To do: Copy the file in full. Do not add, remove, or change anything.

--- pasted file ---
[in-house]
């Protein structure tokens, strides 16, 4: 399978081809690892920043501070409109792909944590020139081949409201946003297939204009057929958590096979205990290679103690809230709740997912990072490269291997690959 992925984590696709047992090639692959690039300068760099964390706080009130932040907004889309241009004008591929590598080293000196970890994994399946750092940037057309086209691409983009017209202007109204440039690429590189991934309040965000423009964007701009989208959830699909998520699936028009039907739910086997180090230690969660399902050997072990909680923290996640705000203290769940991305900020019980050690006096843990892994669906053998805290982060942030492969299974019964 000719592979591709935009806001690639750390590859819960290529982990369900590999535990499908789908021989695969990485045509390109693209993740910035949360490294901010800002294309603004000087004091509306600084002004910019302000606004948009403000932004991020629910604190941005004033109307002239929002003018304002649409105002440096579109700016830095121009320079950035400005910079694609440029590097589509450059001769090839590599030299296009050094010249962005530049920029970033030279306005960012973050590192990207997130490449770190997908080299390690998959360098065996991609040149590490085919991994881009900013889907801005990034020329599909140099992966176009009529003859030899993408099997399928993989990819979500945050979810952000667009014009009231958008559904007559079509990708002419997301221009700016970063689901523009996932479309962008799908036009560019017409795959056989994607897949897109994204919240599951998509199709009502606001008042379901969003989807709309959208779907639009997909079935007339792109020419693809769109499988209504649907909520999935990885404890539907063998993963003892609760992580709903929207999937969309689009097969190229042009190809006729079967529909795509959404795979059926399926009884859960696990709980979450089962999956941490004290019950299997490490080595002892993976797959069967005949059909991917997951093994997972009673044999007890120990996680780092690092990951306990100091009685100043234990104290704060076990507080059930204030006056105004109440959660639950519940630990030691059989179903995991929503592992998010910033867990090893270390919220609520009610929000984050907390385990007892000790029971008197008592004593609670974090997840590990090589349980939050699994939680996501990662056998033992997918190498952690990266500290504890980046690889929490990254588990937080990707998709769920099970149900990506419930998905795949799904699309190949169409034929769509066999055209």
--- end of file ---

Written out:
[in-house]
């Protein structure tokens, strides 16, 4: 399978081809690892920043501070409109792909944590020139081949409201946003297939204009057929958590096979205990290679103690809230709740997912990072490269291997690959 992925984590696709047992090639692959690039300068760099964390706080009130932040907004889309241009004008591929590598080293000196970890994994399946750092940037057309086209691409983009017209202007109204440039690429590189991934309040965000423009964007701009989208959830699909998520699936028009039907739910086997180090230690969660399902050997072990909680923290996640705000203290769940991305900020019980050690006096843990892994669906053998805290982060942030492969299974019964 000719592979591709935009806001690639750390590859819960290529982990369900590999535990499908789908021989695969990485045509390109693209993740910035949360490294901010800002294309603004000087004091509306600084002004910019302000606004948009403000932004991020629910604190941005004033109307002239929002003018304002649409105002440096579109700016830095121009320079950035400005910079694609440029590097589509450059001769090839590599030299296009050094010249962005530049920029970033030279306005960012973050590192990207997130490449770190997908080299390690998959360098065996991609040149590490085919991994881009900013889907801005990034020329599909140099992966176009009529003859030899993408099997399928993989990819979500945050979810952000667009014009009231958008559904007559079509990708002419997301221009700016970063689901523009996932479309962008799908036009560019017409795959056989994607897949897109994204919240599951998509199709009502606001008042379901969003989807709309959208779907639009997909079935007339792109020419693809769109499988209504649907909520999935990885404890539907063998993963003892609760992580709903929207999937969309689009097969190229042009190809006729079967529909795509959404795979059926399926009884859960696990709980979450089962999956941490004290019950299997490490080595002892993976797959069967005949059909991917997951093994997972009673044999007890120990996680780092690092990951306990100091009685100043234990104290704060076990507080059930204030006056105004109440959660639950519940630990030691059989179903995991929503592992998010910033867990090893270390919220609520009610929000984050907390385990007892000790029971008197008592004593609670974090997840590990090589349980939050699994939680996501990662056998033992997918190498952690990266500290504890980046690889929490990254588990937080990707998709769920099970149900990506419930998905795949799904699309190949169409034929769509066999055209």